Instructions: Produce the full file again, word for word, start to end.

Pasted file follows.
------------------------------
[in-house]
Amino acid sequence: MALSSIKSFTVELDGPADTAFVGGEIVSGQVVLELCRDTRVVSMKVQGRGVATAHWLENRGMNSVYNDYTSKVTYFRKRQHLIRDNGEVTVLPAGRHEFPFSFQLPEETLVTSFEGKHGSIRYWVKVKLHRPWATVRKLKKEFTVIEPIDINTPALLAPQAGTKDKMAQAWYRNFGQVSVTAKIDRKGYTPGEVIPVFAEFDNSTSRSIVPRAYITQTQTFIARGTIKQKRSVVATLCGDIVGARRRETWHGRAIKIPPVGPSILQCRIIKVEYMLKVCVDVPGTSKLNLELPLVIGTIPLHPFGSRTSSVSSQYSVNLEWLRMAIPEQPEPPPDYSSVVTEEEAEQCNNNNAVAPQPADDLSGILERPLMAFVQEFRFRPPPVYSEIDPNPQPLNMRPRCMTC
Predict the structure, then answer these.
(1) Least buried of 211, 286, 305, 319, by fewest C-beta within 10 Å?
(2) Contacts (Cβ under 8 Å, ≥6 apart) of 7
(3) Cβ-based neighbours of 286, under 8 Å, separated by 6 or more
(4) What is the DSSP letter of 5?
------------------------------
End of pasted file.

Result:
[in-house]
Amino acid sequence: MALSSIKSFTVELDGPADTAFVGGEIVSGQVVLELCRDTRVVSMKVQGRGVATAHWLENRGMNSVYNDYTSKVTYFRKRQHLIRDNGEVTVLPAGRHEFPFSFQLPEETLVTSFEGKHGSIRYWVKVKLHRPWATVRKLKKEFTVIEPIDINTPALLAPQAGTKDKMAQAWYRNFGQVSVTAKIDRKGYTPGEVIPVFAEFDNSTSRSIVPRAYITQTQTFIARGTIKQKRSVVATLCGDIVGARRRETWHGRAIKIPPVGPSILQCRIIKVEYMLKVCVDVPGTSKLNLELPLVIGTIPLHPFGSRTSSVSSQYSVNLEWLRMAIPEQPEPPPDYSSVVTEEEAEQCNNNNAVAPQPADDLSGILERPLMAFVQEFRFRPPPVYSEIDPNPQPLNMRPRCMTC
Predict the structure, then answer these.
(1) Least buried of 211, 286, 305, 319, by fewest C-beta within 10 Å?
(2) Contacts (Cβ under 8 Å, ≥6 apart) of 7
(3) Cβ-based neighbours of 286, under 8 Å, separated by 6 or more
(4) What is the DSSP letter of 5?